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Fighting Foreign Corrupt Practices – How Current DOJ and SEC Revenue Generation is Unproductive


Today’s post is from Peter Manda. Manda is a former international in-house counsel and has worked on a variety of international in-house investigations and FCPA matters.


In the early days of FCPA enforcement, courts and the DOJ alike made every effort to ascertain the source of the violation and to deal with that violation on the local level.  Prosecutions were limited to local employees; and fines and penalties on issuers were limited in scope.

Over time, as issuers were found to have intentionally and knowingly violated the FCPA, disgorgement of profits and high fines and penalties became more common. Nevertheless, collected fines and penalties (while volatile) increased (at most) at an average rate of $100M a year. This all changed in 2012 with the adoption by the SEC and DOJ of the FCPA Guidelines which purport to outline the compliance steps that must be undertaken in order to prevent an FCPA violation or to reduce or mitigate potential fines and penalties through voluntary disclosure and cooperation.

In describing liability for acts conducted in or by subsidiaries, the Guide articulates a strict liability respondeat superior standard that compels issuers to disgorge any revenue that is arguably derived from an alleged violation. The results have sent shock waves through the international business community. Fines and penalties collected have increased at a clip pace of $500M a year. Issuers now face the difficult choice of voluntarily reporting and potentially paying impressively high fines or hedging a bet that the SEC or DOJ won’t find the violation for a while and then paying a lesser fine by cooperating in the investigation. Worse, it is pretty clear from recent official statements that the SEC and DOJ assume issuers are companies that go out into the world with the intent of breaking all the rules, paying bribes, and being corrupt.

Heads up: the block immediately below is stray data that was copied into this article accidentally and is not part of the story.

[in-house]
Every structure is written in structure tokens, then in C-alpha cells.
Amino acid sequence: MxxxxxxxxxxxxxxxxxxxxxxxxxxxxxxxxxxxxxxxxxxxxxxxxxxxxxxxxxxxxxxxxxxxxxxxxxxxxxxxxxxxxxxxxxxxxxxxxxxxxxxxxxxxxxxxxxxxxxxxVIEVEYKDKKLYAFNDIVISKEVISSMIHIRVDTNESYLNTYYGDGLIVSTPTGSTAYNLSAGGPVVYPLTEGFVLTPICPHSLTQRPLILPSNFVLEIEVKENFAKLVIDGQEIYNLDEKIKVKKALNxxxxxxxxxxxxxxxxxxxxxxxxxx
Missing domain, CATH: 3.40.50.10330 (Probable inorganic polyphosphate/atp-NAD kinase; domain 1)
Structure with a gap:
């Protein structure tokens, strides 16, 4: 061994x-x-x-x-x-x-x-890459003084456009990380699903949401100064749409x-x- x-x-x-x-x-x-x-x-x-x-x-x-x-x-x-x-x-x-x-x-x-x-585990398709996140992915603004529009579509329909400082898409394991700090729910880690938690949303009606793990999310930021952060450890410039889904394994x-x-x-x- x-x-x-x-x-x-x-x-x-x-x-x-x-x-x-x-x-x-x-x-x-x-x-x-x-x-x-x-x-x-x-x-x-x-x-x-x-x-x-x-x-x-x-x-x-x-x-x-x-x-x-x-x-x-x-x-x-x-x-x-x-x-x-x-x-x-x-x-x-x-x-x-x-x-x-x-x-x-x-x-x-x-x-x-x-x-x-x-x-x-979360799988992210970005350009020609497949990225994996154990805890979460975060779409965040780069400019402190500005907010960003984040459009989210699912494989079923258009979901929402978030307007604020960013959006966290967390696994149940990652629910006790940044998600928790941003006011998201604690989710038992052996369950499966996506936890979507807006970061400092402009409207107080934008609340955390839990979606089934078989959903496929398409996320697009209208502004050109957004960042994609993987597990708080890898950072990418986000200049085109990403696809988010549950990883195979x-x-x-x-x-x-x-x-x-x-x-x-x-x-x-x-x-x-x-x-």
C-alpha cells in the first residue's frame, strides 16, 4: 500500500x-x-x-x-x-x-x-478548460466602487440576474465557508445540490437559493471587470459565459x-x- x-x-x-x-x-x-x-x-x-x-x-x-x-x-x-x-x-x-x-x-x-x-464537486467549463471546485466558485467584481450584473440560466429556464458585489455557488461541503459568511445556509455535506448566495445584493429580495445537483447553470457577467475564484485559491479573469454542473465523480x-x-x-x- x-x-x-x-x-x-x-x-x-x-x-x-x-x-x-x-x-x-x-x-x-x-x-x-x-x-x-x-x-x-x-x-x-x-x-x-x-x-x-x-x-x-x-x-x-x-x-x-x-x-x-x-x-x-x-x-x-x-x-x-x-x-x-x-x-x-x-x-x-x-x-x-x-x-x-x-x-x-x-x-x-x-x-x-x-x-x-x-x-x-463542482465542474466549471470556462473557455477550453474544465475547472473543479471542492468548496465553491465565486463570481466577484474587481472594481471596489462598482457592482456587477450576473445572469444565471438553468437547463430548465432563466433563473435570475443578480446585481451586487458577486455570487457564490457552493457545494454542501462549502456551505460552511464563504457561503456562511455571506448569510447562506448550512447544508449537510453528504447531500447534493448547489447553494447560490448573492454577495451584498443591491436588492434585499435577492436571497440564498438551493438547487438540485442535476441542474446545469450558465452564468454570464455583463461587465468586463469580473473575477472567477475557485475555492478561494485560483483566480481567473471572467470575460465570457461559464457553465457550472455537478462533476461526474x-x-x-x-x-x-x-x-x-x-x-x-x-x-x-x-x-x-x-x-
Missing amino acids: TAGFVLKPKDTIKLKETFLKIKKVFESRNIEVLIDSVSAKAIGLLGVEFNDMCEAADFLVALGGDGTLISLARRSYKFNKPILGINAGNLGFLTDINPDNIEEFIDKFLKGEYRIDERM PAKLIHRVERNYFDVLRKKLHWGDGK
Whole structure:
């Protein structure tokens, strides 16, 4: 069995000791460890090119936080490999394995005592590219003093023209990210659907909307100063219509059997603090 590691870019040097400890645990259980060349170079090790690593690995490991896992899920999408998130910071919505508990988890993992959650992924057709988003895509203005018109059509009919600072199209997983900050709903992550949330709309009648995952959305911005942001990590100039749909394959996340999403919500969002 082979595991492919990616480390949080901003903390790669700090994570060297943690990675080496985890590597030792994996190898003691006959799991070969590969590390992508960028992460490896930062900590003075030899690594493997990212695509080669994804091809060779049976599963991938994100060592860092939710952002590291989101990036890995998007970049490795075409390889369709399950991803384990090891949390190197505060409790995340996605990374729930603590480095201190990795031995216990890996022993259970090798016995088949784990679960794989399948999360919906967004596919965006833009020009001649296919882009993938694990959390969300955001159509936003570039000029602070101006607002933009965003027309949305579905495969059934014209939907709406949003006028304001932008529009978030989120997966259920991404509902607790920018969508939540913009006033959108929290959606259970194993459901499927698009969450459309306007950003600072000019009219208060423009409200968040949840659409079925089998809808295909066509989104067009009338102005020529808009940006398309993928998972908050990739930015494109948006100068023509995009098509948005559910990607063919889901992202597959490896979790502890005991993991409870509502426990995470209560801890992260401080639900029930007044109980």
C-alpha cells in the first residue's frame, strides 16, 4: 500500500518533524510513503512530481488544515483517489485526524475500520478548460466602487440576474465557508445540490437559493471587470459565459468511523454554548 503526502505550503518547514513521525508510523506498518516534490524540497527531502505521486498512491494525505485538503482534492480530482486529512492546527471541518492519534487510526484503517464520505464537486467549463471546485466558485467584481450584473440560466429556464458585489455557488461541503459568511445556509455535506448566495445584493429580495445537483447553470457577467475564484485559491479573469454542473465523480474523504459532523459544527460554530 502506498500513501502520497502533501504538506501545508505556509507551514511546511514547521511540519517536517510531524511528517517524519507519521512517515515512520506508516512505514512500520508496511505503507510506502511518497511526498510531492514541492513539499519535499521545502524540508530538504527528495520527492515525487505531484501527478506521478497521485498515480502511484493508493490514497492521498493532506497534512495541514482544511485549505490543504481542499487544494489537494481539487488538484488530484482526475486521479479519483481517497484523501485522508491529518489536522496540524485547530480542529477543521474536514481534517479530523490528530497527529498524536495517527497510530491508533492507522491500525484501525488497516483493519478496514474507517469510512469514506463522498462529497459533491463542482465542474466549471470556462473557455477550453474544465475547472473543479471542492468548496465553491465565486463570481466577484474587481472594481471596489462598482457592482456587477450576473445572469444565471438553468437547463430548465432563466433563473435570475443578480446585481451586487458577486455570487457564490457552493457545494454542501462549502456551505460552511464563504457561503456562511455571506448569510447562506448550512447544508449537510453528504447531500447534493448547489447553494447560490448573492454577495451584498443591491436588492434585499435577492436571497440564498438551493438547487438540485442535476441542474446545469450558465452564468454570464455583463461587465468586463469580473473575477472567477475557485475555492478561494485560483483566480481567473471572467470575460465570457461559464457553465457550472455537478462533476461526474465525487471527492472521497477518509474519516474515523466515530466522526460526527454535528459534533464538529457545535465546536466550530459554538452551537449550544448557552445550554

Yet, a review of recent FCPA enforcement actions does not show how bad US issuers are. Rather, they often point to local employees in far-distant countries committing FCPA violations — violations that are often only apparent in hindsight after the controls implemented by the issuer detect the wrong-doing. In most cases, those employees are individuals who operate culturally under different assumptions and who don’t seem to have received the memo that US companies don’t tolerate bribery and corrupt practices. This is especially the case where an issuer acquires a foreign company and then finds that employees in the acquired company had been engaging in corrupt practices.

The outcry from issuers and from those who think about the FCPA and its scope is justified. In effect the government has converted what should be an anti-corruption measure into a revenue generating measure. By having widened the standards to allow prosecutors to coerce settlements that disgorge from the consolidated global earnings of issuers, the DOJ and SEC have opened the revenue stream pipeline and the money is flowing at a clip pace of $500M a year. Naturally there is pushback from this overreach, pushback that has included Congressional hearings. The negative result of this pushback could be a watering down of the effort to fight corruption abroad. Not only would that be unfortunate, it would violate OECD objectives and commitments.

In an article I wrote – recently published by the International In-House Counsel Journal – I suggest that the DOJ and SEC should adopt an intermediate standard that allows for limitation of liability (including fines and penalties) to the foreign subsidiary (that is, no disgorgement of consolidated global earnings) where (a) the issuer parent voluntarily discloses immediately upon the discovery of a violation, (b) the issuer parent’s compliance controls are effective and were the reason for the discovery, and (c) the violations were engaged in by employees or agents who knew of the issuer’s commitment to FCPA compliance but chose to ignore them regardless; or (d) where an issuer acquires a foreign subsidiary and finds a violation after the fact despite due diligence conducted according to generally accepted auditing principles.

I believe the result of adopting an intermediate standard would encourage more cooperation between the government and issuers. An intermediate standard would make issuers allies with the DOJ and SEC in the fight against corruption — rather than adversaries fighting a calculus of revenue generation and earnings reduction. Equally important, by focusing on the subsidiary rather than the parent issuer, the DOJ and SEC could engage the issuer to interact with local authorities to prosecute the violators and to implement effective informational campaigns that could have a wider, more permanent, effect in the fight against corruption. Disgorgement of consolidated earnings punishes the parent issuer, it does nothing to help reduce foreign corrupt practices. It’s time the SEC and DOJ turned their attention from generating revenue from issuers to making them allies in the fight against foreign corrupt practices.

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